Dhawal Dalal is Executive Vice President & Head - Fixed Income at DSP BlackRock Investment Managers Pvt. Ltd.
Dhawal Dalal joined Merrill Lynch Investment Managers in 1996 after receiving his MBA from the University of Dallas. He worked with the Merrill Lynch Private Client Fixed Income Division for approximately a year. He later joined Money Market Desk of Merrill Lynch Investment Managers. He returned to India in 1998 to join the Fixed Income Desk of DSP BlackRock Investment Managers Pvt. Ltd. (previously called DSP Merrill Lynch Fund Managers).
With reduction in fixed deposit interest rates in the recent months many investors, especially senior citizens, who rely on FD interest for their income are worried. What is your advice for investors who rely on fixed income investment for their income?
We believe risk-averse investors, who have traditionally been investors in fixed deposits, should consider investing in short-term fund category. Short-term funds offer benefits like diversification of assets; liquidity as well as prospects of better tax-adjusted returns if investors remain invested for more than three years and are eligible for indexation benefits under long-term capital gains. Short-term funds typically invest in fixed income assets maturing between 1 & 3 years and generally have higher allocation to high quality fixed income assets.
CPI inflation in November was the highest in the past 12 months or so. Are you worried that inflation risks will prevent RBI from reducing repo rates in the near term? When do you expect RBI to reduce interest rates next? What is your expectation of the total quantum of rate reductions in the FY 2016 – 2017?
We expect CPI to average between 5.25% and 5.5% in 2016. This is based on expectations of a normal monsoon. Any shortfall in monsoons for the third consecutive year may affect food inflation, in our opinion. Food inflation has been a key concern for inflation amid falling commodity prices and higher output gaps. Based on our expectations of range-bound CPI in 2016, we expect the RBI to reduce Repo Rate by 25 basis points in H1 of 2016 if the government remains committed on the path of fiscal consolidation.
RBI has done a number of rate cuts in 2015. When do you see the RBI rate cut actually translating into higher credit off takes?
The RBI is likely to introduce a new method of base rate calculation, based on marginal cost of lending rates starting April 1, 2016. We believe that the new method may result in efficient transmission of previous rate cuts in the economy through lower base rates. We are confident that lower lending rates may help increase credit off-take from the banking system at a suitable time.
The Federal Reserve increased interest rates by 25 bps. While the very early equity market reaction seemed positive, explain for the benefit our readers the economics of the rate hike and the impact it will have (macro-economically) on global economy, especially on emerging economies like India. Also, please explain the likely impact of the rate hike on the Rupee and interest rates over the next few months?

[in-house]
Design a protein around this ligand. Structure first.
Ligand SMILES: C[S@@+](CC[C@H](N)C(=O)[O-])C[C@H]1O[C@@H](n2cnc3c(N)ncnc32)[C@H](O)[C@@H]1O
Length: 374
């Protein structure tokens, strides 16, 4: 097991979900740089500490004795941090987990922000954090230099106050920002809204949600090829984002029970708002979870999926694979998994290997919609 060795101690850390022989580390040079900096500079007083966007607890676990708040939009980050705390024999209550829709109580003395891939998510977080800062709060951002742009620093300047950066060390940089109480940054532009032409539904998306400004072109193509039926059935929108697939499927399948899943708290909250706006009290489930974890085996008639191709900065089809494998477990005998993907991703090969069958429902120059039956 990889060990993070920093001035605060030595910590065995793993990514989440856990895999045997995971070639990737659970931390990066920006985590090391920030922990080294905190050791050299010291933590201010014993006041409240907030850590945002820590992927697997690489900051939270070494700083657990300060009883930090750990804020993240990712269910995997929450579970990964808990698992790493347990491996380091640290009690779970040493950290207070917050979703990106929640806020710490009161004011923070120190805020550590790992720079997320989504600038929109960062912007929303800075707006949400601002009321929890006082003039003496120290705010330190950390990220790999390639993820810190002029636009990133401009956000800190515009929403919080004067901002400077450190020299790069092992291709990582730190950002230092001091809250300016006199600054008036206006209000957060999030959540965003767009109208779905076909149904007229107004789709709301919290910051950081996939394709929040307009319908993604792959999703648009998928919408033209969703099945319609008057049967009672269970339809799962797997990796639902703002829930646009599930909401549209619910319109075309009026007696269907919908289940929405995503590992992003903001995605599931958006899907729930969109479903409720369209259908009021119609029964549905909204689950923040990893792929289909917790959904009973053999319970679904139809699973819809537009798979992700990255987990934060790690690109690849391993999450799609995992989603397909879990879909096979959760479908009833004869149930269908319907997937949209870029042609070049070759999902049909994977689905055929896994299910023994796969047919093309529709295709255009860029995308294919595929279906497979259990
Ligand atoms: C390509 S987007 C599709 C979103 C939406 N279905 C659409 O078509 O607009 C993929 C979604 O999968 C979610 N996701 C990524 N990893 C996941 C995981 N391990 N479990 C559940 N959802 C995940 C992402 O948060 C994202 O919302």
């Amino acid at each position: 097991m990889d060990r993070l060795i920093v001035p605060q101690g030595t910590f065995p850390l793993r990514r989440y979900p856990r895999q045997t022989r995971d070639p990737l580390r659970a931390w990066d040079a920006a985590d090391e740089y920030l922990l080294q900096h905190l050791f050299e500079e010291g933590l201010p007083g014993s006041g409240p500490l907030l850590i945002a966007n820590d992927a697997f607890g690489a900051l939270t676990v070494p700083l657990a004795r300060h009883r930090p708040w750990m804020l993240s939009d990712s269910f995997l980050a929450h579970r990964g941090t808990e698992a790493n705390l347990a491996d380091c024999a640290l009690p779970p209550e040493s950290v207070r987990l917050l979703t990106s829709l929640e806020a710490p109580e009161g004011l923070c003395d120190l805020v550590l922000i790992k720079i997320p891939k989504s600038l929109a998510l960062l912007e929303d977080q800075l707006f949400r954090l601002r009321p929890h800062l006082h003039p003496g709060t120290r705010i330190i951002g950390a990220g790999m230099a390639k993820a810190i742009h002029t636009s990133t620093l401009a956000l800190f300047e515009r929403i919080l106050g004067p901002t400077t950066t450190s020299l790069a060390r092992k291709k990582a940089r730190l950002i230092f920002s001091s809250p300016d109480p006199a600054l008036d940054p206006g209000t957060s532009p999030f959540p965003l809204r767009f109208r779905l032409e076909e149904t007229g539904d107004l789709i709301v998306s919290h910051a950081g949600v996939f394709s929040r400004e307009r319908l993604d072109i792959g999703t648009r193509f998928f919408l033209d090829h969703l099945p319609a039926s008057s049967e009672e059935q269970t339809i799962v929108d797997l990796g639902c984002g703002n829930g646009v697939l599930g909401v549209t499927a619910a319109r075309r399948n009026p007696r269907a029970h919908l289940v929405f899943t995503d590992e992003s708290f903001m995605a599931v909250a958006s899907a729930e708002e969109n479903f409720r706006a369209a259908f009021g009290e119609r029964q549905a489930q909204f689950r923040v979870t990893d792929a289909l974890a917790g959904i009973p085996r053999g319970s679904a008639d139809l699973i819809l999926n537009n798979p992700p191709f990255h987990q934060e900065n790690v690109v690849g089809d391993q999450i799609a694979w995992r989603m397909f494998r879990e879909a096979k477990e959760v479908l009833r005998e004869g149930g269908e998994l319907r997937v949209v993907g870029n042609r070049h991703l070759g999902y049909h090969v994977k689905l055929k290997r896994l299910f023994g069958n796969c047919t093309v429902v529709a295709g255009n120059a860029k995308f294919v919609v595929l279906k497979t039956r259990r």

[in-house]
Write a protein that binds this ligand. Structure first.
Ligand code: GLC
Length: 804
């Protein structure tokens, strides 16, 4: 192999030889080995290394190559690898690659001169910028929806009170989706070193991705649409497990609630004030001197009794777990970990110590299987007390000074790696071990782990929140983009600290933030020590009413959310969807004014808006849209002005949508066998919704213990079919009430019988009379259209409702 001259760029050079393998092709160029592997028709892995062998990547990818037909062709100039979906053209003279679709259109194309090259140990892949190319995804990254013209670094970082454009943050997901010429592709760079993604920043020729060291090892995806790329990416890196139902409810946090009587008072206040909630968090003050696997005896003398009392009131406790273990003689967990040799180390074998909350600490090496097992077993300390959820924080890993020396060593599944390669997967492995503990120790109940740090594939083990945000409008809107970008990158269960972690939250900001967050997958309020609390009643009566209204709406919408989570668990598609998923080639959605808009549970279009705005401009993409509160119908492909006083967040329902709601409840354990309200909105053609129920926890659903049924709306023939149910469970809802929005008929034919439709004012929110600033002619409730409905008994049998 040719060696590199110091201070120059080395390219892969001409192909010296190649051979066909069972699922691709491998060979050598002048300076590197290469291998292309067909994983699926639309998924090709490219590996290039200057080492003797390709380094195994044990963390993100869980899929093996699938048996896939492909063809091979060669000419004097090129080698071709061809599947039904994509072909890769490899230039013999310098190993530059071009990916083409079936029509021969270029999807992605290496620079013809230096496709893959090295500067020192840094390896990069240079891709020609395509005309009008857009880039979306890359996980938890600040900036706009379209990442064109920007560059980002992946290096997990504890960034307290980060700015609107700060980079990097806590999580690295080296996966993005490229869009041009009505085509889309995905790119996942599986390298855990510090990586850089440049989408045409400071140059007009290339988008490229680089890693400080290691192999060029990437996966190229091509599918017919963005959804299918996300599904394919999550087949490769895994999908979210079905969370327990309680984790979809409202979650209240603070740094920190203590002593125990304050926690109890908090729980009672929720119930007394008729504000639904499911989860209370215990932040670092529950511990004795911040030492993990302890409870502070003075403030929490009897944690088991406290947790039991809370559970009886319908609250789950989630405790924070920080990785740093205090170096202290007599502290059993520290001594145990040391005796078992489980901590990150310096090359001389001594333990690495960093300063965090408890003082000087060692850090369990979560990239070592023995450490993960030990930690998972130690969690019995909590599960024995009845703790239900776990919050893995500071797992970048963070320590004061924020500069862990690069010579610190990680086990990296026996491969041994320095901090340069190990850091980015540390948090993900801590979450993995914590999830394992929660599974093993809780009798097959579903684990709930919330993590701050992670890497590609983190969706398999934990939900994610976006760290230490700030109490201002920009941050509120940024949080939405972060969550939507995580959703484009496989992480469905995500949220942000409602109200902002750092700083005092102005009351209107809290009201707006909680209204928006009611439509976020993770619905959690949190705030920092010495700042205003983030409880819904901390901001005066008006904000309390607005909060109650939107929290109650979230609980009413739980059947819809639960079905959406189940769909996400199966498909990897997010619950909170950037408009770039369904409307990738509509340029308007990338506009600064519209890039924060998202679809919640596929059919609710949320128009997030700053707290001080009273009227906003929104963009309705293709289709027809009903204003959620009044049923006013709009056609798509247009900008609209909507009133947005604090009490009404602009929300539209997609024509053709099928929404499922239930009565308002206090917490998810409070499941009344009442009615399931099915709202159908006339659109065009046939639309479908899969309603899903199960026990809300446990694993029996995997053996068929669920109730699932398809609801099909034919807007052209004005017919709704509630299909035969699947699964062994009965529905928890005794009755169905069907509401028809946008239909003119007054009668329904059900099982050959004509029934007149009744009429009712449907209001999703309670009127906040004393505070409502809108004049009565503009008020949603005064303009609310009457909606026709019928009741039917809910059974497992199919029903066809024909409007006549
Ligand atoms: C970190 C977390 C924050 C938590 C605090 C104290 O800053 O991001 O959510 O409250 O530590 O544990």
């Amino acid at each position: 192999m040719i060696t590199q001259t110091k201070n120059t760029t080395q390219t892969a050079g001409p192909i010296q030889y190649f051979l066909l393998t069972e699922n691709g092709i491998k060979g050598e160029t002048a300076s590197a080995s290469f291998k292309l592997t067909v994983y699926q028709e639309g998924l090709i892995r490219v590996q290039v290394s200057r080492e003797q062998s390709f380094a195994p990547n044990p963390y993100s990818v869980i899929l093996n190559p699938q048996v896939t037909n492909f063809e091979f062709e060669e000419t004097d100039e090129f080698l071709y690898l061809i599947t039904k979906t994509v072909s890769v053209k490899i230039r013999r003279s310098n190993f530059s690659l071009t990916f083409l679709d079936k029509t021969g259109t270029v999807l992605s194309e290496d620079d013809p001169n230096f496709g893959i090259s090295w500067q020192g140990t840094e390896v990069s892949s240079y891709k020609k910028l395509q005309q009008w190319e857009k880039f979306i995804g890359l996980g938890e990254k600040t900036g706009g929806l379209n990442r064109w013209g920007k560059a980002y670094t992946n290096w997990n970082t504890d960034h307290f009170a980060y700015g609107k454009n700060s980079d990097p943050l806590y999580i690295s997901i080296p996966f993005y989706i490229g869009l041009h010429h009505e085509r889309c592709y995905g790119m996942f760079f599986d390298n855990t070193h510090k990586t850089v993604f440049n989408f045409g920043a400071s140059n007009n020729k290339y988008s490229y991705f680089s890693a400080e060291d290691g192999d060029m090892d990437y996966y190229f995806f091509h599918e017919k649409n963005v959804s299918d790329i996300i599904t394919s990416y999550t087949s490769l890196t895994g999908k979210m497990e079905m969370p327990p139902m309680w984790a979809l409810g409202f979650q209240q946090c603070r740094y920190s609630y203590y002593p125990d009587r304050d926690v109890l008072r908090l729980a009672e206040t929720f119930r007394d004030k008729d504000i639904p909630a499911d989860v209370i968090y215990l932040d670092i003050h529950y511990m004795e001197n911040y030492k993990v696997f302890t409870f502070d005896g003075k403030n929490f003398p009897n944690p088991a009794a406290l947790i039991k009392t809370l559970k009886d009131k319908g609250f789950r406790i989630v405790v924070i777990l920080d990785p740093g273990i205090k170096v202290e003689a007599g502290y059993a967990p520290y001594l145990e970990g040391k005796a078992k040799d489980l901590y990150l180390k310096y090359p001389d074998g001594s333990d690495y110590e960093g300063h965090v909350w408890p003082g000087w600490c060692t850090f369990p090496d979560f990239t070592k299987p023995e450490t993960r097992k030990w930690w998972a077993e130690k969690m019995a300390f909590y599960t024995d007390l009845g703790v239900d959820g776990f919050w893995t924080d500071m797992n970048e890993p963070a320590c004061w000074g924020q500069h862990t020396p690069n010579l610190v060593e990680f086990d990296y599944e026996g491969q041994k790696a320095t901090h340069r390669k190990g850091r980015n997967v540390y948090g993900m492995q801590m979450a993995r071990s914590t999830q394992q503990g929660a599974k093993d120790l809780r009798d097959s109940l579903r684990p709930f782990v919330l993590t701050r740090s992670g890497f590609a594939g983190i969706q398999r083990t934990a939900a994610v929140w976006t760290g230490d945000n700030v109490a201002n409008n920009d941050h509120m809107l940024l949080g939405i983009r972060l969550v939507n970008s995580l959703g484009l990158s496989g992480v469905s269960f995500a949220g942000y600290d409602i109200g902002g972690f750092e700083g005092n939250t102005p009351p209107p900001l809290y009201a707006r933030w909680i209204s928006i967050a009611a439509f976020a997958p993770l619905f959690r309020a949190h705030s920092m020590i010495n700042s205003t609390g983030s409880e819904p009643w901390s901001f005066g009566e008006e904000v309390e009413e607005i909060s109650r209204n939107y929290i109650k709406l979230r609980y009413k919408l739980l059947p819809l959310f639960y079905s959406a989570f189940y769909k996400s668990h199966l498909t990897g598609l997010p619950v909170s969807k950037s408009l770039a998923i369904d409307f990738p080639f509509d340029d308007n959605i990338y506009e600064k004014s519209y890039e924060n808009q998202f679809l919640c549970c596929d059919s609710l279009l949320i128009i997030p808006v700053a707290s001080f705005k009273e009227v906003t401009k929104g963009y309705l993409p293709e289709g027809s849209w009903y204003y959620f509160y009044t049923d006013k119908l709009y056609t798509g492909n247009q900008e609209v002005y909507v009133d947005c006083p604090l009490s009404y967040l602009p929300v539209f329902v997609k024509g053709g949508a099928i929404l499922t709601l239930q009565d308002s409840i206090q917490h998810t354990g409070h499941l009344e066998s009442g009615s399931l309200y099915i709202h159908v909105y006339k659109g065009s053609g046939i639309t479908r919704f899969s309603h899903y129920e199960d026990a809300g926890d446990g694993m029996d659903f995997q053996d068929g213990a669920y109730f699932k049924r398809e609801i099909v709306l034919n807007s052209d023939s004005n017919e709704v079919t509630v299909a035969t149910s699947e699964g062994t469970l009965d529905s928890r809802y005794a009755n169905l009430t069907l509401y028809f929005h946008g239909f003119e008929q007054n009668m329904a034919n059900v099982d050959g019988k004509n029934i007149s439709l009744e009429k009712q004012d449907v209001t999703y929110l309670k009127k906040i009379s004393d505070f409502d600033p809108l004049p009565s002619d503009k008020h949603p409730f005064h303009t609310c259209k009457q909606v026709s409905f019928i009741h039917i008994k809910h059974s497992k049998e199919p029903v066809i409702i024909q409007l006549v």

Expectations of a lift-off by the Federal Reserve have caused outflows from the EM and risky assets since June 2015 in favour of dollar-denominated assets. As a result, the USD has strengthened against EM currencies in 2015. The rupee has also depreciated by around 4.7% against the USD in 2015. We believe that further rate hikes by the FOMC may have potential for further strengthening of the USD and consequently further weakening of the EM currencies. However, given lower commodity prices and their positive impact on the inflation, we believe that interest rates are likely to remain lower amid signs of stable to declining inflation.
The rupee has depreciated substantially this year. How much further do you expect it to depreciate? What will be impact on foreign investment flows (both FDI and FII) in India?
The rupee has depreciated by around 4.7% against the USD in 2015. At the same time, it has out-performed on relative basis against the basket of 12 currencies in the Asian currency basket. We believe that the rupee will likely maintain a depreciating bias in 2016 as well amid overall weakening bias in the EM currencies against the dollar and trajectory of the CNY going forward.
What is your outlook on bond yields over the next 12 to 24 months?
We expect the yield curve to remain steep in 2016 as well. We expect the long-end of the yield curve (20Y+) to relatively under-perform 5-10Y segment of the yield curve in 2016 amid expectations of upward revision in the fiscal deficit in FY17 and demand-supply dynamic. We are also concerned about the recent uptick in food inflation (particularly in pulses) and hope that a normal monsoon may make food inflation a transitory factor. FY2017 is likely to witness a gross supply of Rs. 10.5 trillion (Rs. 6.5 trillion of G-Sec, Rs. 3 trillion of SDL and Rs. 1 trillion of UDAY bonds) based on our internal calculations and certain assumptions. This may result in some upward pressure on the long-end of the yield curve. Having said that, we believe there is value in 5-10Y segment of the yield curve. With the Repo Rate @ 6.75% and 10Y yield closer to 7.80%, there is sufficient yield gap for investors to consider investing in 5-10Y segment of the government bond yield curve.
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